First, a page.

Lightened-up Clam Chowder (for Morag’s Mike)
Any true New Englander is bound to have cozy clam chowder associations, even if they're tucked away far back in those dark recesses of the mind. In fact, clam chowder is such an east coast institution that "lightened" versions seem almost sacrilegious, and perhaps a little pointless when you go too far, kind of along the lines of dessert. On the other hand, I don't actually like creamy things (unless we're talking about ice cream, and even then, I'd rather go light), and so much goodness that goes into a hearty bowl you may as well skip some saturated fat and sodium and capitalize on the potential nutrition. So, when Morag expressed concern about the impact cream and classic salt pork or bacon grease could have on her fiancee's appreciative appetite but not-so-appreciative arteries (just projecting into the future, here!), the opportunity to explore different ways of lightening up this coastal favorite was irresistible.
I suppose this challenge wasn't really all that challenging, as there are plenty of good variations on clam chowder out there. Tomato-based Manhattan chowder seems the obvious place to start, but if you're a New England chowder fan, it's just no substitute. My favorite Manhattan Clam Chowder may be the simple and straightforward recipe from the original Better Homes and Gardens Cook Book, but I also love this one, from Cooking Light: http://find.myrecipes.com/recipes/recipefinder.dyn?action=displayRecipe&recipe_id=640277
Another option is a light broth-based clam and seafood soup, from the ever amazing WHFoods site: http://www.whfoods.com/genpage.php?tname=recipe&dbid=32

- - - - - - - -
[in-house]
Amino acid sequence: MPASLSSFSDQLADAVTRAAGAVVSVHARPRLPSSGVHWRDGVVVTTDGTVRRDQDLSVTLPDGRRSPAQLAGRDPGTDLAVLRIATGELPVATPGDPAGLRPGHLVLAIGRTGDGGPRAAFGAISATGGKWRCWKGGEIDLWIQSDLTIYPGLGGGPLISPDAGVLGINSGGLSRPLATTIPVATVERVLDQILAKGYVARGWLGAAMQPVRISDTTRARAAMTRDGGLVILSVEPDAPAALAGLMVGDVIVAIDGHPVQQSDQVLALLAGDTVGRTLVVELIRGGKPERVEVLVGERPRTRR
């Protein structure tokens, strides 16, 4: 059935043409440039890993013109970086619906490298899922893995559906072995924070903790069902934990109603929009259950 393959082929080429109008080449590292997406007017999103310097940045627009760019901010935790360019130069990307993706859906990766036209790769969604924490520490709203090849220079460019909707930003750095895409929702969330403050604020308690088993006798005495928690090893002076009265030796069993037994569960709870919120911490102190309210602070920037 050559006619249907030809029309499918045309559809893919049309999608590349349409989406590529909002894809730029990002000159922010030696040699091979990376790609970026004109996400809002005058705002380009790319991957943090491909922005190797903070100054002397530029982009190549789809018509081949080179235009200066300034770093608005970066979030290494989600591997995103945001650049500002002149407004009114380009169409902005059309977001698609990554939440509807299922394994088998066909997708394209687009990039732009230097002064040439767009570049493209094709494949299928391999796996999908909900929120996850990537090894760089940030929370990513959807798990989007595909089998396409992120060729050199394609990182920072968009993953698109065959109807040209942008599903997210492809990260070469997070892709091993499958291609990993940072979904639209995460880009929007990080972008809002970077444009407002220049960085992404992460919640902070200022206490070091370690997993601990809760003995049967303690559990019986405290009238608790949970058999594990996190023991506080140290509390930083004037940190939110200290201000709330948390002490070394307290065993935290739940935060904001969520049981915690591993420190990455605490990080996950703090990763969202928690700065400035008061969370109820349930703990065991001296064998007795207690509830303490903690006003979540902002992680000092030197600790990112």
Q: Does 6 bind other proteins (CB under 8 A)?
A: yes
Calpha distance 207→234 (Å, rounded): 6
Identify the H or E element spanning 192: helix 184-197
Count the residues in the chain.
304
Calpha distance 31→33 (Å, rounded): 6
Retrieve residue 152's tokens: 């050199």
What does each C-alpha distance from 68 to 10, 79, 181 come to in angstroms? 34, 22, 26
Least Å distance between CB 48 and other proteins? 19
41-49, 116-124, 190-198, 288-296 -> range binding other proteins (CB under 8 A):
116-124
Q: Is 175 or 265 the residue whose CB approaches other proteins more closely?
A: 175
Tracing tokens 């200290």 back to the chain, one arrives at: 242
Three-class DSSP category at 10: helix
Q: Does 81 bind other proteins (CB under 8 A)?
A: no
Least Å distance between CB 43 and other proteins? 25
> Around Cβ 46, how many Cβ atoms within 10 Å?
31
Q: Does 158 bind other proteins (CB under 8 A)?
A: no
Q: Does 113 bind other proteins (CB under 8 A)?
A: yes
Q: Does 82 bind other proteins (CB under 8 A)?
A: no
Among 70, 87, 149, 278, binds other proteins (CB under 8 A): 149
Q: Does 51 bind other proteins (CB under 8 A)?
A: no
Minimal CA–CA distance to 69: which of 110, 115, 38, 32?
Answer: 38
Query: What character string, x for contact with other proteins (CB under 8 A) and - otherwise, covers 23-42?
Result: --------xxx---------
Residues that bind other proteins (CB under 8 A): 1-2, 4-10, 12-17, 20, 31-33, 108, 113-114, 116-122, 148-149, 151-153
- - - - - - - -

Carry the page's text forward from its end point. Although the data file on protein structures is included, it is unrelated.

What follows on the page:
For a more traditional version, simple tricks include swapping in fat free or evaporated fat free milk and eliminating pork. I wanted to be a little bit more creative for most-deserving Morag, however, and while working on Kristen's daunting mac-no-cheese challenge, found using a cauliflower and potato puree as a base to be a smooth and tasty way of sneaking in extra nutrients while losing some excess fat and calories. I also included some flaked smoked salmon I had on hand, and threw in shredded spinach at the end, so it became more of a seafood chowder. A wonderful bonus was, the addition of spinach proved that this chowder is flexibly accepting of all sorts of nutritious addends, including various fishes and vegetables.
Potato and cauliflower seafood chowder
1 medium cauliflower, chopped (about 3 cups florets) 2 cups low sodium chicken or vegetable stock 4 medium red potatoes, 2 peeled and cubed, 2 cubed but not peeled 2 cups water 1 medium red onion, diced 1 1/2 cups skim or evaporated fat free milk 1 6 1/2 oz jar chopped clams in juice 1 15 oz can cream-style corn 1/2 teaspoon pepper 1/2 teaspoon dried thyme 1 4 oz smoked salmon fillet, flaked 2 cups fresh spinach, shredded with a knife
1. Combine broth, cauliflower, and 2 peeled, cubed potatoes in a large saucepan; bring to a boil. Reduce heat, and simmer until potatoes are tender, about 20 minutes. Place in turns in a food processor and puree until smooth. When all potatoes and cauliflower has been pureed, return to pan. 2. Stir in chopped onion and cook, stirring, about 5 minutes. Add the next 6 ingredients (through salmon) and heat on medium high, stirring frequently, 5 more minutes, or until heated through. 3. Stir in shredded spinach. Cook a further 2-3 minutes and serve.
Photo credit: Flikr user jpellgen